Sun, Dec 01, 2019 - Page 11 News List

Taiwanese dance athletes find love


Wheelchair dancers Ivy Huang, right, and Vincent Kuo train with members of the Taiwan Wheelchair Dance Sport Association for a performance at the Community Center in New Taipei City on Nov. 9.

Photo: Hsu Tsun-hsu / AFP

Taiwanese athletes Vincent Kuo and Ivy Huang each discovered a talent for wheelchair dancing on their own, but it was when they were paired that the sparks really flew.

Part of the nation’s last generation of polio survivors, they have spent years perfecting their dance routines. Currently ranked world No. 2, the recently married couple are in Germany this weekend to compete at the World Para Dance Sport Championship.

“I have always been interested in sports even if I can’t play them because of my disabilities,” Kuo told reporters during a break from practicing Latin dance moves with his wife in New Taipei City.

About 50 wheelchair dancers across Taiwan meet regularly to exercise and socialize, including Kuo and Huang, both 48 years old.

Their dance partners are non-disabled volunteers who either perform standing up — a style known as “combi” — or also using a wheelchair, called “duo.”

“Through dance, we got to know a lot of good friends,” Huang said. “Especially after a performance we’ll get together and have a feast and be very happy.”

Huang and Kuo, who can walk with the help of crutches, but use wheelchairs for dancing, attended these meetings for more than a decade before they started performing together and eventually fell in love.

Huang said it was Kuo’s sense of humor that caught her attention.

“He was always funny when he spoke,” she said.

“My first impression of Ivy was that she was very cute because she walks like a penguin,” Kuo added, the pair bursting into laughter at the description.

The couple have been practicing for months after work for the impending competition in Bonn, where they joined 230 athletes from 26 countries in the sport’s marquee event.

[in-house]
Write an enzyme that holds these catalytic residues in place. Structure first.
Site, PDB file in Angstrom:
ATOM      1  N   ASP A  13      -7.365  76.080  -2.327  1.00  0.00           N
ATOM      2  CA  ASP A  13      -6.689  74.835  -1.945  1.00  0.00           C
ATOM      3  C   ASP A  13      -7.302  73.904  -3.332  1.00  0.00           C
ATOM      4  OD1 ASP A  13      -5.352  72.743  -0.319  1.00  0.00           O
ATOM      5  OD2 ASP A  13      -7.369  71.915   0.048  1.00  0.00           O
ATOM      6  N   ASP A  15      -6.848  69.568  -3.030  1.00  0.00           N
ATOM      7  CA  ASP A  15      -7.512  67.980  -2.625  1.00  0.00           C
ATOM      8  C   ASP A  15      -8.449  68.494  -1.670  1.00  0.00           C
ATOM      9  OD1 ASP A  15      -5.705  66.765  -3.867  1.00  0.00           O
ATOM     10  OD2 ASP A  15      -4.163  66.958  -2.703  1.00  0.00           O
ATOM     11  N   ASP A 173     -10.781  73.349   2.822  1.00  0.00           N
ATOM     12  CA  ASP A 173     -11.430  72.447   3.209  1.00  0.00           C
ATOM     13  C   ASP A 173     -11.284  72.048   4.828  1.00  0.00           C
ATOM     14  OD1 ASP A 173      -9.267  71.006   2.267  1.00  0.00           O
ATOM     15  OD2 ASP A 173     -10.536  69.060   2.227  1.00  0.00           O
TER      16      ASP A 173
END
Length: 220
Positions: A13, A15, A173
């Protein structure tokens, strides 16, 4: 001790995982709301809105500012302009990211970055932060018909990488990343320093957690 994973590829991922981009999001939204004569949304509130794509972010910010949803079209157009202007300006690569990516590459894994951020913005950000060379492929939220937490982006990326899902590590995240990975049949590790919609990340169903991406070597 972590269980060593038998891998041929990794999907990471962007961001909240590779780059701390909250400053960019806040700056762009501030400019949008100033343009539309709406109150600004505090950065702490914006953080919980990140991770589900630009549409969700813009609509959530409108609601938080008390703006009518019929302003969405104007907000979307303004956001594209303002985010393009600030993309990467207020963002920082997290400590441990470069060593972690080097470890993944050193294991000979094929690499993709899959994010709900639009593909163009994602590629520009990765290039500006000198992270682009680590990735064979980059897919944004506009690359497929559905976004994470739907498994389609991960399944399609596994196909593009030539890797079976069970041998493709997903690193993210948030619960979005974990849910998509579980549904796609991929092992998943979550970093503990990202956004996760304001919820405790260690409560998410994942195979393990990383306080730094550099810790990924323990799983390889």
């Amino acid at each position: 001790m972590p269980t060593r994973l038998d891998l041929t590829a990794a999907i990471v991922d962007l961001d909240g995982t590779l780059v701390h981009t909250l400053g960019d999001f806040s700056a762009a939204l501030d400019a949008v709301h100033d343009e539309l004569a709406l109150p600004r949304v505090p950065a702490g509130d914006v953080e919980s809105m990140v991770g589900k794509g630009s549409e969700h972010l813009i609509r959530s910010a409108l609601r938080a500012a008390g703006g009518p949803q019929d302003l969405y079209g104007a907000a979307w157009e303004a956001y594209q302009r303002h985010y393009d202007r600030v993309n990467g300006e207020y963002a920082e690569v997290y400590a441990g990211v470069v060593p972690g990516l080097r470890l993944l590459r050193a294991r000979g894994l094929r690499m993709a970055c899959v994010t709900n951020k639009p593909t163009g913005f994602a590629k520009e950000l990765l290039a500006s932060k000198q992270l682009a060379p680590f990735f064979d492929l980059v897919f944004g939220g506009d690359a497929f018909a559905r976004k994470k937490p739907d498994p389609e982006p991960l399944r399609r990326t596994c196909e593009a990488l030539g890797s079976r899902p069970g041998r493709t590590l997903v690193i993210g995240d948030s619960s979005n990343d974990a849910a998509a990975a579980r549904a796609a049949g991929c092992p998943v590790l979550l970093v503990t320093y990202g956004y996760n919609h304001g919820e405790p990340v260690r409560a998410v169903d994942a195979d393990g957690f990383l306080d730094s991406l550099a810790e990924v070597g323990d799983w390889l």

Kuo and Huang were to both compete in the duo category, while Kuo was also to compete in combi with Lydia Chang, a non-disabled dancer and the team coach.

Many of their opponents are from teams with far more funds.

“Europe has the best dancers, and in Asia there is South Korea, but we owe it to ourselves to go, to see what we can achieve,” Chang said.

Huang, who works for the Taipei City Government by day, says she fears a future when dancing may not be possible.

“For us polio patients, physical deterioration can happen quite quickly,” she said. “We are hoping while we can still dance ... to hold on to our good rankings.”

Sweden first developed wheelchair dancing as a recreational and rehabilitation sport in 1968 and hosted its first international competition nine years later.

The first World Championship was held in Japan in 1998, while Taiwan hosted the first-ever Asian championship in 2016. Since then, the annual Beigang Para Dance Sport Open in central Taiwan has attracted competitors from more than 18 countries and raised Taiwan’s profile in the international arena.

“Technique-wise, we are on par with the rest of the world, but we tend to be more reserved in showing our emotions ... especially Latin dance [where] we need to display our feelings,” said Tsai Hsiu-hui, who was one of the nation’s first wheelchair dance instructors.

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